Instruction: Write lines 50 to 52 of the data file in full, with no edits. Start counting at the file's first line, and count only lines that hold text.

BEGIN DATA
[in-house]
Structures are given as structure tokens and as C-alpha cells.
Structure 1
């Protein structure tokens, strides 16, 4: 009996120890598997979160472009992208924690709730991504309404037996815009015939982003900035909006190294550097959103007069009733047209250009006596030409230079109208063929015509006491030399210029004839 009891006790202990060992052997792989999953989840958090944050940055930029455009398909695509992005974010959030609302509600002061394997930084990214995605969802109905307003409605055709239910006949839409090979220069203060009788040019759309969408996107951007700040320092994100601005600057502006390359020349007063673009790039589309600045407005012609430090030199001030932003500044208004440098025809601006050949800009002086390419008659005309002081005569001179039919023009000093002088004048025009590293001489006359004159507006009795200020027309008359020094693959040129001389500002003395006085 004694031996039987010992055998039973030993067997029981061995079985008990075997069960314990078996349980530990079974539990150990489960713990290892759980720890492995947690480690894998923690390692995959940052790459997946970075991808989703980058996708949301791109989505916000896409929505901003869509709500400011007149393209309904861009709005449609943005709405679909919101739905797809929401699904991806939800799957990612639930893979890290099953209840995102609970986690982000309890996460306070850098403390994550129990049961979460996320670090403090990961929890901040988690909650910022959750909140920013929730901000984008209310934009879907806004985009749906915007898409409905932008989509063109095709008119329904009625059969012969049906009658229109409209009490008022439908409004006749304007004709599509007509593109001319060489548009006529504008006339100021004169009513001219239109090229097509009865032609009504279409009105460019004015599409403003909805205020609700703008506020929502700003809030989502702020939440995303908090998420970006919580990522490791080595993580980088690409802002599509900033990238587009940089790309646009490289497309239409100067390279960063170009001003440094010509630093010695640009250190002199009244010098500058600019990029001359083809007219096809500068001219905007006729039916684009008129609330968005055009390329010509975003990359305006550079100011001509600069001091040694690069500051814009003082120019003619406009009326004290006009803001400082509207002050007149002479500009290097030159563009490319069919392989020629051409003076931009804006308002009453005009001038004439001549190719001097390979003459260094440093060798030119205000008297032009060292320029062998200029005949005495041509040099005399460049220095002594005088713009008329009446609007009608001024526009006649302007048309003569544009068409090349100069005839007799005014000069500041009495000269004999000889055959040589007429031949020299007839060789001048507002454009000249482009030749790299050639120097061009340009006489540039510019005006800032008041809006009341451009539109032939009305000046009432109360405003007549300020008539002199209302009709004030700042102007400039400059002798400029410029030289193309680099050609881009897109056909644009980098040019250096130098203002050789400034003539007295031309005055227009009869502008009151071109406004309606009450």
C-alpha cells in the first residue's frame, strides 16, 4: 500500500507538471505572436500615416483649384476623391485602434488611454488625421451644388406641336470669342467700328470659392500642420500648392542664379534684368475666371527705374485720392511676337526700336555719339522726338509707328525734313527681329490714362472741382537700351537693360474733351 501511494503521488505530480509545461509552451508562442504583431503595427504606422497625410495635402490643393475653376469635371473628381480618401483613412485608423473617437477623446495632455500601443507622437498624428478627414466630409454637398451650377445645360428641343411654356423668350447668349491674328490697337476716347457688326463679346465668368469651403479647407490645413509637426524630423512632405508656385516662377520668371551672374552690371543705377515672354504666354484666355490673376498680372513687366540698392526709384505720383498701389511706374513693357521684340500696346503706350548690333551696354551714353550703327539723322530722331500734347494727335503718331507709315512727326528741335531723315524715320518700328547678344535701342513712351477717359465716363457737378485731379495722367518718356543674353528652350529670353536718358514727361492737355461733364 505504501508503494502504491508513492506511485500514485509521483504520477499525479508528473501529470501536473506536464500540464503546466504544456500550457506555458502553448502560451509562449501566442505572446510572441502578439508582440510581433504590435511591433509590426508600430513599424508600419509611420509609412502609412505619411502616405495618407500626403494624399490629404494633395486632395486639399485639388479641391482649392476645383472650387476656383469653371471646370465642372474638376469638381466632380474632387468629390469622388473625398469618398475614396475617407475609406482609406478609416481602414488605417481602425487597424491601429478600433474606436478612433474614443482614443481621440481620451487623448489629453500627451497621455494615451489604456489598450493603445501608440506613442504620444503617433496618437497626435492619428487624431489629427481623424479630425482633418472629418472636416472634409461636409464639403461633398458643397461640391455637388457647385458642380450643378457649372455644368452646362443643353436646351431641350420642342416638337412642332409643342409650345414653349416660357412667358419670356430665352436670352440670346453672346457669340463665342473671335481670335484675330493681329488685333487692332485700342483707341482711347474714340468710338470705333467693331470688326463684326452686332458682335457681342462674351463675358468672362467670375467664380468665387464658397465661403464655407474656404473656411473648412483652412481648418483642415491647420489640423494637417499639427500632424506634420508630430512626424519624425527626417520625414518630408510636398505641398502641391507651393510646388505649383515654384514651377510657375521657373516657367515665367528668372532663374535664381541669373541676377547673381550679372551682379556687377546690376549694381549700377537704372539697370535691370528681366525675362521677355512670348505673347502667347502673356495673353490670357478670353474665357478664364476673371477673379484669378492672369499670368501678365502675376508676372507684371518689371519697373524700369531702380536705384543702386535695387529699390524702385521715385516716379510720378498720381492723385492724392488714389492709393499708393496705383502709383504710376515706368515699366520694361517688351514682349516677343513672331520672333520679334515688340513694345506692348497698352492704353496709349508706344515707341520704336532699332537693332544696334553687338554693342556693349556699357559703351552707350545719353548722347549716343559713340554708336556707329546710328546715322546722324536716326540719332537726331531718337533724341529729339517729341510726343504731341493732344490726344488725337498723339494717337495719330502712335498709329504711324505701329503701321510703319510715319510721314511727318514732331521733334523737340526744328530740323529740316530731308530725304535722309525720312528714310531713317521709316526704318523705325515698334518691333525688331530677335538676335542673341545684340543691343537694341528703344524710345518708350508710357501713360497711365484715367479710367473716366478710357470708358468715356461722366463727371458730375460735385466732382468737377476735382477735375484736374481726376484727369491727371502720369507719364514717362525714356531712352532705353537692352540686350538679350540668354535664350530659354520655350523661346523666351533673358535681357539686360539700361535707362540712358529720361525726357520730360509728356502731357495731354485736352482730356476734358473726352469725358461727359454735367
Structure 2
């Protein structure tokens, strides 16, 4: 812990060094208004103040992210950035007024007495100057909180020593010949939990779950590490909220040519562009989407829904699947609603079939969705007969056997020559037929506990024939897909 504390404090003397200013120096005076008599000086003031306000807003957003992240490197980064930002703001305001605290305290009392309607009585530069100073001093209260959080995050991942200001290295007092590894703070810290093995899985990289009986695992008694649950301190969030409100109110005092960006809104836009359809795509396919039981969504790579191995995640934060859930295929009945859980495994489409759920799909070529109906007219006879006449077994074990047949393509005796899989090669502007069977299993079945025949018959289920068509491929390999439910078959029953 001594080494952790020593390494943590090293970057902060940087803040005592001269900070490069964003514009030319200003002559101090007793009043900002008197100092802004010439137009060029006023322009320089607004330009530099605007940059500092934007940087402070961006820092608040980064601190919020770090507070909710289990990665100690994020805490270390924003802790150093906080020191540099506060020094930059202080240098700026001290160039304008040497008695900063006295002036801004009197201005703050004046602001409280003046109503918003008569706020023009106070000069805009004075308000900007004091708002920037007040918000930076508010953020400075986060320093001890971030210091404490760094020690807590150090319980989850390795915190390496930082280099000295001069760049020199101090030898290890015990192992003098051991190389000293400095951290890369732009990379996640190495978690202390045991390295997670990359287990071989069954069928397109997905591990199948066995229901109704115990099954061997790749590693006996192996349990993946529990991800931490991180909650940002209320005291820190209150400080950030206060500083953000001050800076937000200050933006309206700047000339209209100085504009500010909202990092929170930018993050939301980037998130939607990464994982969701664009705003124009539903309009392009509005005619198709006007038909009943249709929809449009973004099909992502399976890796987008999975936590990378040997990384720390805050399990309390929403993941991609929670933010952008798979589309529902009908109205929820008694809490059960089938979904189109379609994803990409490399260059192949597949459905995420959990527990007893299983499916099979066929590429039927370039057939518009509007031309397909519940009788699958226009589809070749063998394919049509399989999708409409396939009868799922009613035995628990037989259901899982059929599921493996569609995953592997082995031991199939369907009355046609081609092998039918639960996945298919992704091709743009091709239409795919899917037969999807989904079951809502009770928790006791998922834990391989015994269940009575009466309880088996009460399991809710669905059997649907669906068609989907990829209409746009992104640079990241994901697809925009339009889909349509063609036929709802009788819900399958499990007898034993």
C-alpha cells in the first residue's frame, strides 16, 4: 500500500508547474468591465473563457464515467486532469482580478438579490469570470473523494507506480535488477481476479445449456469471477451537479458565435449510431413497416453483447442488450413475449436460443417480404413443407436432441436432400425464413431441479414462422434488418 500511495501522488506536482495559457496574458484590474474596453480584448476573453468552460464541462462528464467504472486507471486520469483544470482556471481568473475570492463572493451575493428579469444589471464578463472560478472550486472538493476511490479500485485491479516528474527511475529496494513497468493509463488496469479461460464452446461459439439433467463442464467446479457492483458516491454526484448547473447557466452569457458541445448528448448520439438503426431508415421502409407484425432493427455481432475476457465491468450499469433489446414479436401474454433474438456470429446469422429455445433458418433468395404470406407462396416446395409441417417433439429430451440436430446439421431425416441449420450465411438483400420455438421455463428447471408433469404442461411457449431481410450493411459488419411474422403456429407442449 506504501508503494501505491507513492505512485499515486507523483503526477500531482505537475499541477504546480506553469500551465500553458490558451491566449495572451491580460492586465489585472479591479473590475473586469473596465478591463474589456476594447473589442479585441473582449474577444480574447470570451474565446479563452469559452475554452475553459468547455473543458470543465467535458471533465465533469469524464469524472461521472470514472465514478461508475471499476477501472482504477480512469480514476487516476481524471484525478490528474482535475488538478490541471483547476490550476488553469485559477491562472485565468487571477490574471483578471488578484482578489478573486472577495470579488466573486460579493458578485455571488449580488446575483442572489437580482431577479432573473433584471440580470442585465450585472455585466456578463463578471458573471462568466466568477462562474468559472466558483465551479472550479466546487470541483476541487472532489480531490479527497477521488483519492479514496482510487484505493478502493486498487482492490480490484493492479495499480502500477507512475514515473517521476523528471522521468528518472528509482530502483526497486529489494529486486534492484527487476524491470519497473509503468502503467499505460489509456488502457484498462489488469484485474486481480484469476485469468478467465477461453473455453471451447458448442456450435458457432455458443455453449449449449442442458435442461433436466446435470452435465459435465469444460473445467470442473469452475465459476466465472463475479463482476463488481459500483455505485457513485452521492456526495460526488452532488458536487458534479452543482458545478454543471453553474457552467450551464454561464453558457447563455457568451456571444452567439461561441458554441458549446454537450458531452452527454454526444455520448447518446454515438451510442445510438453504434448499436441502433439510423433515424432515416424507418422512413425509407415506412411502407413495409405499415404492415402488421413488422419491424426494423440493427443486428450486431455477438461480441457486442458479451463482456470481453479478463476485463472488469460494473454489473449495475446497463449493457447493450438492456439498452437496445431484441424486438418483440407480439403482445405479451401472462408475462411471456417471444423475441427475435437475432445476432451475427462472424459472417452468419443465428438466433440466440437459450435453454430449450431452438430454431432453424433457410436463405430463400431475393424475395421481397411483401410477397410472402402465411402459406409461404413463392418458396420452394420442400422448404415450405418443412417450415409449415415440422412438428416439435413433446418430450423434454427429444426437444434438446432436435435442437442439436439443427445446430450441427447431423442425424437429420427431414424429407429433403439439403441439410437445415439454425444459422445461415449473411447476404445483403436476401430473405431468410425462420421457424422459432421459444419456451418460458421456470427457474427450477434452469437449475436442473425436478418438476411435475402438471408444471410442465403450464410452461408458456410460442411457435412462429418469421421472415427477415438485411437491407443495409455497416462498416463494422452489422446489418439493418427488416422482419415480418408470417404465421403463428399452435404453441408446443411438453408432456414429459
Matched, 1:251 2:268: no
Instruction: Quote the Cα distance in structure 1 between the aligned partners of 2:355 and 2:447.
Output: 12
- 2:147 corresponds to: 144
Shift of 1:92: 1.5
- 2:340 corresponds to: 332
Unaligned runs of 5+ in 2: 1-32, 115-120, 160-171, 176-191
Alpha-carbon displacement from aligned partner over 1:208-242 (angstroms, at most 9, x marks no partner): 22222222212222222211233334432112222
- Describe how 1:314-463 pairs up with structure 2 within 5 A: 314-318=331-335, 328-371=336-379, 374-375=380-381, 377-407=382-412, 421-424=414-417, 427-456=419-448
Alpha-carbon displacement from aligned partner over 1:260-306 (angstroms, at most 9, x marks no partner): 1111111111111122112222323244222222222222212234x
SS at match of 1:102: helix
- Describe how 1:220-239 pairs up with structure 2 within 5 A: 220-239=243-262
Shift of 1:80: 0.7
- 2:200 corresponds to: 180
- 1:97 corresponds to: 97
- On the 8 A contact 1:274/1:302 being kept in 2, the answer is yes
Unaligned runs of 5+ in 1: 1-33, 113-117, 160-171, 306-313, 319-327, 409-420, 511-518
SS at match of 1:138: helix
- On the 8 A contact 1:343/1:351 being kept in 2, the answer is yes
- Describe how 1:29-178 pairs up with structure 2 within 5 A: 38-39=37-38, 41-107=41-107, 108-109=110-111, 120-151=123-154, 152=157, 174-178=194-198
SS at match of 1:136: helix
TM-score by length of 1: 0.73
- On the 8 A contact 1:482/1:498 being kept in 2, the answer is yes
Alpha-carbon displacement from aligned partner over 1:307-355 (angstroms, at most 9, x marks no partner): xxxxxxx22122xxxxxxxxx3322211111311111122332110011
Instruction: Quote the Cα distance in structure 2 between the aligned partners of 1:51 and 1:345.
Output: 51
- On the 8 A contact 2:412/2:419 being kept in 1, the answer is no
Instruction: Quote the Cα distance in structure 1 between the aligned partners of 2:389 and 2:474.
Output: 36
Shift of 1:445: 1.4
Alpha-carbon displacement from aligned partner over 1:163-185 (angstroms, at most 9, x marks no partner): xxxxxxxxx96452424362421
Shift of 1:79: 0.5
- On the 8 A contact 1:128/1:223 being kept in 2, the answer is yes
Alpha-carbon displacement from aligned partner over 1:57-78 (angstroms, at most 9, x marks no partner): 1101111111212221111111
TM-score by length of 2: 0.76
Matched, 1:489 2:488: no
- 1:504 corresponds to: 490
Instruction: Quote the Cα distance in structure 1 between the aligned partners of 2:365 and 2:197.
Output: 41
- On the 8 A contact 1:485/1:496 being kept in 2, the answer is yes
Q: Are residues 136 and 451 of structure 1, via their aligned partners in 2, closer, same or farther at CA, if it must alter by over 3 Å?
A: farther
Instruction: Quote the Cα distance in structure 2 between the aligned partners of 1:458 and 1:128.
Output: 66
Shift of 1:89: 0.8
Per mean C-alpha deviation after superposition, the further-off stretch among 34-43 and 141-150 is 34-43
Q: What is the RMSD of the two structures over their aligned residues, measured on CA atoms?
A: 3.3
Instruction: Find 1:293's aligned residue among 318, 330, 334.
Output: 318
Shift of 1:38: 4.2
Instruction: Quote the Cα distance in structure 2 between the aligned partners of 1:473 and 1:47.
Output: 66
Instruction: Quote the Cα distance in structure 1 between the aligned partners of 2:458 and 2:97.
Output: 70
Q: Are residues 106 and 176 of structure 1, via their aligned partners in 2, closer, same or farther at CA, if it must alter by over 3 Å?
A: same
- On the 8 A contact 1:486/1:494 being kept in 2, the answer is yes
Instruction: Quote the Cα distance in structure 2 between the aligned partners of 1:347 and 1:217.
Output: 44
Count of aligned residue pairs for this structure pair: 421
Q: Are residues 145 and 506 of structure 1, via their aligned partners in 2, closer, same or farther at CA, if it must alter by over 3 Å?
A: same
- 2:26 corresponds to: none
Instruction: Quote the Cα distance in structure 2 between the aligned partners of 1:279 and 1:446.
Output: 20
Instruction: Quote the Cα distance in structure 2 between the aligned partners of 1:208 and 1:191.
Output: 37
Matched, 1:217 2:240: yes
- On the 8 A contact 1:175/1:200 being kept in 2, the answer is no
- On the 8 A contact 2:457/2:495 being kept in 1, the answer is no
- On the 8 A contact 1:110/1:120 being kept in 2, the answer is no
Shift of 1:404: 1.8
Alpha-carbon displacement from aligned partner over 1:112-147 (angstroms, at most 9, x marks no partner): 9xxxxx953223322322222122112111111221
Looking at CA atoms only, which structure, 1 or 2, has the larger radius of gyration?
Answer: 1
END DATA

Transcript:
A: farther
Instruction: Quote the Cα distance in structure 2 between the aligned partners of 1:458 and 1:128.
Output: 66